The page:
Finally, and as a more recent development, I notice that NU neglects to take into account non-suffering-based preferences. My current model of minds and suffering is that minds are composed of many different subagents with differing goals; suffering is the result of the result of different subagents being in conflict (e.g. if one subagent wants to push through a particular global belief update, which another subagent does not wish to accept).

This means that I could imagine an advanced version of myself who had gotten rid of all personal suffering, but was still motivated by pursue other goals. Suppose for the sake of argument that I only had subagents which cared about 1) seeing friends 2) making art. Now if my subagents reached agreement of spending 30% of their time making art and 70% of their time seeing friends, then this could in principle eliminate my suffering by removing subagent conflict, but it would still be driving me to do things for reasons other than reducing suffering. Thus the argument that suffering is the only source of value fails; the version of me which had eliminated all personal suffering might be more driven to do things than the current one! (since subagent conflict was no longer blocking action in any situation)

As a practical matter, I still think that reducing suffering is one of the most urgent EA priorities: as long as death and extreme suffering exist in the world, anything that would be called "altruism" should focus its efforts on reducing that. But this is a form of prioritarianism, not NU. I do not endorse NU's prescription that an entirely dead world would be equally good or better as a world with lots of happy entities, simply because there are subagents within me who would prefer to exist and continue to do stuff, and also for other people to continue to exist and do stuff if they so prefer. I want us to liberate people's minds from involuntary suffering, and then to let people do whatever they still want to do when suffering is a thing that people experience only voluntarily.

Thanks for the perspective.

I agree that even NU may imply rejecting NU in its present form, because it does not feel like a psychologically realistic theory to constantly apply in everyday life; we are more motivated to move towards goals and subgoals that do not carry explicit reminders of extreme suffering on the flip side.

I do feel that I am very close to NU whenever I consider theoretical problems and edge-cases that would outweigh extreme suffering with anything else than preventing more extreme suffering. In practice, it may be more applicable (and i... (read more)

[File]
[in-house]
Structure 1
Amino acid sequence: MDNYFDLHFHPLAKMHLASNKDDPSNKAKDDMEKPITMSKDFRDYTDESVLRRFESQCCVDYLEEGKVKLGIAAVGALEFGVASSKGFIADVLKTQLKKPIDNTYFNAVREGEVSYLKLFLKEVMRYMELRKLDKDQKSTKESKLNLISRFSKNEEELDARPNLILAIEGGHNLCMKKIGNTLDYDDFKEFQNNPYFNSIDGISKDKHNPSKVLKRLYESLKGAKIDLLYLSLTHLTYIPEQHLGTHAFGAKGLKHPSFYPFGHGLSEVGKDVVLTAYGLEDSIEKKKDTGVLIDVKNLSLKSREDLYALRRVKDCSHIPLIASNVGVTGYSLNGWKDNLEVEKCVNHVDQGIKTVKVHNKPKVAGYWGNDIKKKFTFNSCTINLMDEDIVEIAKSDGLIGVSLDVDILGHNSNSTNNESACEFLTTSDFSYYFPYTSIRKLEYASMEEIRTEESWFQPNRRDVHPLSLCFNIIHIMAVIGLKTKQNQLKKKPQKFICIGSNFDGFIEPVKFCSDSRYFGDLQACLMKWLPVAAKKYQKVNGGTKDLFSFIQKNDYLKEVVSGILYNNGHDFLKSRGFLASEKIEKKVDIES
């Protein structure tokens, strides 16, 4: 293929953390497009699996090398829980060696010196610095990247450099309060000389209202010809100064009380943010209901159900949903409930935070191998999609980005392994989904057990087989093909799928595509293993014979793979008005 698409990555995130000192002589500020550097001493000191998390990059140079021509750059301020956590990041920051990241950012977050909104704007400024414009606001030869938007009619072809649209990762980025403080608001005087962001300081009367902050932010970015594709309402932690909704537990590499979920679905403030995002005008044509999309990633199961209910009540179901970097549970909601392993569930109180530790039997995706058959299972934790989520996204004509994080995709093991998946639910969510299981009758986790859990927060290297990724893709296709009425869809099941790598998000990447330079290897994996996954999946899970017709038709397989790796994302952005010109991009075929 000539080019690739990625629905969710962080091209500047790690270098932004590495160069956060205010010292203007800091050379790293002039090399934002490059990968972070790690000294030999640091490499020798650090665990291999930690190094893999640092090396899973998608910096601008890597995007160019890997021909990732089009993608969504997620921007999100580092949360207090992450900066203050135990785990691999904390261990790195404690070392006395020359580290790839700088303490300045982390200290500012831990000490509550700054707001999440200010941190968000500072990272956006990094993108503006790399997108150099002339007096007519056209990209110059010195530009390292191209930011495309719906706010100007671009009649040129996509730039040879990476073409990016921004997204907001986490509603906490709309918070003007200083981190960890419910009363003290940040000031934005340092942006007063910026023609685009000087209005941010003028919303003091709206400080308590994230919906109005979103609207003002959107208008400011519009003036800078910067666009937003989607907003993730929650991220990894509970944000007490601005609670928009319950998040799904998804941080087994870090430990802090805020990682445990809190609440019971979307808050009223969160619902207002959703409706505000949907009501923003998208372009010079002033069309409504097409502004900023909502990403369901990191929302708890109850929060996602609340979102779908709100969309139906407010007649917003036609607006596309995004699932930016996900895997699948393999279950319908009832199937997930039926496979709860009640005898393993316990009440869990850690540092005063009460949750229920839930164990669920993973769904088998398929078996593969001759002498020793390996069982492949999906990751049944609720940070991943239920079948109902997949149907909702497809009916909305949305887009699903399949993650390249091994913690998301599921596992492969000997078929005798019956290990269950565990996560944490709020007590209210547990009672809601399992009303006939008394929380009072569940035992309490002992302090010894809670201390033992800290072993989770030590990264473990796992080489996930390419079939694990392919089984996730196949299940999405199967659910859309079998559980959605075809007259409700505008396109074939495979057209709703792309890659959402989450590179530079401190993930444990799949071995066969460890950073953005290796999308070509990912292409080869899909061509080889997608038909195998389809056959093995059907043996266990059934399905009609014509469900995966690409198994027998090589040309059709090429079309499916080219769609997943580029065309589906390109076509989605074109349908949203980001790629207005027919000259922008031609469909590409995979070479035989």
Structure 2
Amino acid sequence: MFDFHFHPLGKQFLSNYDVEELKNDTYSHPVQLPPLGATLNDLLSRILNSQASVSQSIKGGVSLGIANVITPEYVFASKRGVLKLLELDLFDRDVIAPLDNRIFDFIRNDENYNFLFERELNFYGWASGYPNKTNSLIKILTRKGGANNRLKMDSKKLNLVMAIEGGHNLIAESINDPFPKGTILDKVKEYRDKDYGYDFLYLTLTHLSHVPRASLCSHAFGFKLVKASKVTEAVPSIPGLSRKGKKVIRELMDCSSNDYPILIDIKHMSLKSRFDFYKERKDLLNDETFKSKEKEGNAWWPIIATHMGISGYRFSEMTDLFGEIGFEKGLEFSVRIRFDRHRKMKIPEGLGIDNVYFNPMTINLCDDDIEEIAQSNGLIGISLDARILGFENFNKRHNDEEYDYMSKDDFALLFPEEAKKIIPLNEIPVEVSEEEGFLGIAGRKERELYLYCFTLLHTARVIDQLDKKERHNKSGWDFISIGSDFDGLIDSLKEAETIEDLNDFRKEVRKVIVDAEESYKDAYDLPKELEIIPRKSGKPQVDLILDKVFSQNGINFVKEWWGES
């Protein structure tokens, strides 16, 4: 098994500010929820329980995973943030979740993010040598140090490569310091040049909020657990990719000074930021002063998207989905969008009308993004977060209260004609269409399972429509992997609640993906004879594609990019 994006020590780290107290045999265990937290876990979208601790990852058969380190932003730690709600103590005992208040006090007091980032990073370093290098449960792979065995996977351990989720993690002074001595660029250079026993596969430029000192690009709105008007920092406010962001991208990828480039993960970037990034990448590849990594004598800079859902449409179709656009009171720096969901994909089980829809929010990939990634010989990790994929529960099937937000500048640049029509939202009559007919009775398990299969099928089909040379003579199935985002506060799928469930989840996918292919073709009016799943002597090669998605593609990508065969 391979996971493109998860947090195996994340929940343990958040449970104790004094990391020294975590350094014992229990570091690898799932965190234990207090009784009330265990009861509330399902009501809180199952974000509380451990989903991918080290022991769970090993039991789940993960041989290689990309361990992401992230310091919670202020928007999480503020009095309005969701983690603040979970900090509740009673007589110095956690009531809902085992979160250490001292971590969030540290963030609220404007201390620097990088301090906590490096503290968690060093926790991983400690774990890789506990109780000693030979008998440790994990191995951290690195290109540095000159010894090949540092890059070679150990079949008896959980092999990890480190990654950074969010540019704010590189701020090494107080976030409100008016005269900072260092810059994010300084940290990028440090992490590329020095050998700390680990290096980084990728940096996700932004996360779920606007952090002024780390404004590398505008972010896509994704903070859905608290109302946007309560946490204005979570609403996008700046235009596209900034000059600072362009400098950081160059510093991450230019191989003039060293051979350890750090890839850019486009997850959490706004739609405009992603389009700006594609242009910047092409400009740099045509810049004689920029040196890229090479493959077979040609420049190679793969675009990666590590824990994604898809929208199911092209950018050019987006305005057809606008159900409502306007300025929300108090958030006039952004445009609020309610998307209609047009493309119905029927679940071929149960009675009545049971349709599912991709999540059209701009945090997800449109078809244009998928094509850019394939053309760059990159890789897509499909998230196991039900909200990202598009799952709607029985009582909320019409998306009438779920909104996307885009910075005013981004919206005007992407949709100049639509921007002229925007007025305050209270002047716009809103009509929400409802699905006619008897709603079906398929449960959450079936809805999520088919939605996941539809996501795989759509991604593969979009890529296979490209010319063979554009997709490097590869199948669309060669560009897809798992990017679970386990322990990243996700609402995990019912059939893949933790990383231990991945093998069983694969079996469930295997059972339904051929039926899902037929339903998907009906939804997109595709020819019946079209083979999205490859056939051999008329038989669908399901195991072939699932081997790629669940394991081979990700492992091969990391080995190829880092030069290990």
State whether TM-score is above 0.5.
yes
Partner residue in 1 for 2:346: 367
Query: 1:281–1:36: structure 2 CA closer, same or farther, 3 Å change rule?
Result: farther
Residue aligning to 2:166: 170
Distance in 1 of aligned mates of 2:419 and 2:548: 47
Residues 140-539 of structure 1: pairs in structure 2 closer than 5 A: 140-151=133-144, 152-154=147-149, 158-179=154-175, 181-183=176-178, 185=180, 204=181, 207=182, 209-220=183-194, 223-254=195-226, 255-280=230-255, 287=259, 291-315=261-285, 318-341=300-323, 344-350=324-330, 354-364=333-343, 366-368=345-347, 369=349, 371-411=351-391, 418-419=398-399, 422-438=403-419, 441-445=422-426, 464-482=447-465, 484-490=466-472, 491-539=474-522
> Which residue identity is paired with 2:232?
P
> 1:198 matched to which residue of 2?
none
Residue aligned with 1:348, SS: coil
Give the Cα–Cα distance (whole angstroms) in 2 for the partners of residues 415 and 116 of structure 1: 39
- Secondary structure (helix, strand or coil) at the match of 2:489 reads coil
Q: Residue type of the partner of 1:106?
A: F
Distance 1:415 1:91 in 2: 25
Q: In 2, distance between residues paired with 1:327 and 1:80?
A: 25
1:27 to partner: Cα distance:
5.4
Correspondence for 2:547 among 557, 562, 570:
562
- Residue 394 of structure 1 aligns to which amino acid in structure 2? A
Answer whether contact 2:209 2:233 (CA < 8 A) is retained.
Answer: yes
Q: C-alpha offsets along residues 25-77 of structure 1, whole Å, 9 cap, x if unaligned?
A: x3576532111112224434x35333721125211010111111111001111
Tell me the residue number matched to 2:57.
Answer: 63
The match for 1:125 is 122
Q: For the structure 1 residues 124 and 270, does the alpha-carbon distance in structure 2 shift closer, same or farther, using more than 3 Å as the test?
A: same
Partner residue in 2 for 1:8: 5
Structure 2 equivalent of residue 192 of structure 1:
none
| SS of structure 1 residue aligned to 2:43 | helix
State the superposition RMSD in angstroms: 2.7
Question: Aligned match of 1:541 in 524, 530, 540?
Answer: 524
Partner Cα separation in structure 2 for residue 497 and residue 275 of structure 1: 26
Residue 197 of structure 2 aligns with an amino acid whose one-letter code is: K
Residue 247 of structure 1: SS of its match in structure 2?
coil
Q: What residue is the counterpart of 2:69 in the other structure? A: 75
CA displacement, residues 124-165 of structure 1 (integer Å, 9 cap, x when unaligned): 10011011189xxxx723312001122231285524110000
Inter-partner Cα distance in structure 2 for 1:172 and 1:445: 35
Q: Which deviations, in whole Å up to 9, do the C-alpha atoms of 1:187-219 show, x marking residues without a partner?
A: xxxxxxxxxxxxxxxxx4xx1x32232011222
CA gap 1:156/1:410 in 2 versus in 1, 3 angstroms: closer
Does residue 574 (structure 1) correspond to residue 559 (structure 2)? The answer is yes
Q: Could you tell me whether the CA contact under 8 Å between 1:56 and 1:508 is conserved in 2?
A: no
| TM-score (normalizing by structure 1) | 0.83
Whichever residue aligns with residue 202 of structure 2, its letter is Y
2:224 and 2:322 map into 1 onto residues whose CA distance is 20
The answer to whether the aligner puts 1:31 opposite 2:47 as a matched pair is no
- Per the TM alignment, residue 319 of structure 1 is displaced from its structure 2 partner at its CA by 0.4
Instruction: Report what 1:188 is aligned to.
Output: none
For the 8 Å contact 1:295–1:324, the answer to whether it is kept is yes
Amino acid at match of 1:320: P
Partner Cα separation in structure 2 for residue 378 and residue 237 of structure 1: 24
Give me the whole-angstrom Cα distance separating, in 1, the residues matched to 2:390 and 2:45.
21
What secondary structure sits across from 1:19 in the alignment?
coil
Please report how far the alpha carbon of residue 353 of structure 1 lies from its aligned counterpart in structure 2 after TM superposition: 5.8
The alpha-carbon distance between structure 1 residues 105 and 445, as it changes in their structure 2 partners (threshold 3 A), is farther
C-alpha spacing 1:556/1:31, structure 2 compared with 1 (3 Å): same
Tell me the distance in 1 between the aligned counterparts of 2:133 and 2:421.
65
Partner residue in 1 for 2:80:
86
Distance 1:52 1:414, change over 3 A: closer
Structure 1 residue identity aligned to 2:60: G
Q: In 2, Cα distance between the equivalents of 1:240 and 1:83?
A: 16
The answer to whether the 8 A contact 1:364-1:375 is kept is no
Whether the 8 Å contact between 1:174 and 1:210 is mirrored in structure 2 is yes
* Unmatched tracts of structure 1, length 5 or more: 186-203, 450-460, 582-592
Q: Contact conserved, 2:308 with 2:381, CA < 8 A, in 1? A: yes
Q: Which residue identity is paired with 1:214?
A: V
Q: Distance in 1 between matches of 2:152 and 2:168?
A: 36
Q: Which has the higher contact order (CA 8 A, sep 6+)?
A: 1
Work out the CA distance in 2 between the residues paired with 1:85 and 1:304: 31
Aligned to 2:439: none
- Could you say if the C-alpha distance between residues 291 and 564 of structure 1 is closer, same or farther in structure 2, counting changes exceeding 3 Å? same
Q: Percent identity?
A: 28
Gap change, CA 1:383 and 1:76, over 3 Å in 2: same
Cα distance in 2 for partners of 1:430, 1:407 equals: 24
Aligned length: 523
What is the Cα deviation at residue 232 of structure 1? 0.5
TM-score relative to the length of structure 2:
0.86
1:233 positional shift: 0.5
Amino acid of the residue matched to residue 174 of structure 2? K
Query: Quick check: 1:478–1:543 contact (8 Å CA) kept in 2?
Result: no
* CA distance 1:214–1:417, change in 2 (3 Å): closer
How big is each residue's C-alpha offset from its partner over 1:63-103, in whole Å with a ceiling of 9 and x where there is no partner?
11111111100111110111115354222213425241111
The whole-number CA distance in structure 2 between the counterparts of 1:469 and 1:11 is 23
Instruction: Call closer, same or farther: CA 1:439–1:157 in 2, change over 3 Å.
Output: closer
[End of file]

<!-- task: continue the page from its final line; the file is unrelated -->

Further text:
I think most of this is compatible with preference utilitarianism (or consequentialism generally), which, in my view, is naturally negative. Nonnegative preference utilitarianism would hold that it could be good to induce preferences in others just to satisfy these preferences, which seems pretty silly.

I believe the most often cited (in the LW/EA communities) paper arguing against NU is Toby Ord's Why I'm Not a Negative Utilitarian. This and this seem to be the main replies to it from NU perspectives. (I think I've skimmed some of these articles but have not actually considered the arguments carefully.)

Ethical theories don't need to be simple. I used to have the belief that ethical theories ought to be simple/elegant/non-arbitrary for us to have a shot at them being the correct theory, a theory that intelligent civilizations with different evolutionary histories would all converge on. This made me think that NU might be that correct theory. Now I’m confident that this sort of thinking was confused: I think there is no reason to expect that intelligent civilizations with different evolutionary histories would converge on the same values, or that there is one correct set of ethics that they "should" converge on if they were approaching the matter "correctly". So, looking back, my older intuition feels confused now in a similar way as ordering the simplest food in a restaurant in expectation of anticipating what others would order if they also thought that the goal was that everyone orders the same thing. Now I just want to order the "food" that satisfies my personal criteria (and these criteria do happen to include placing value on non-arbitrariness/simplicity/elegance, but I’m a bit less single-minded about it).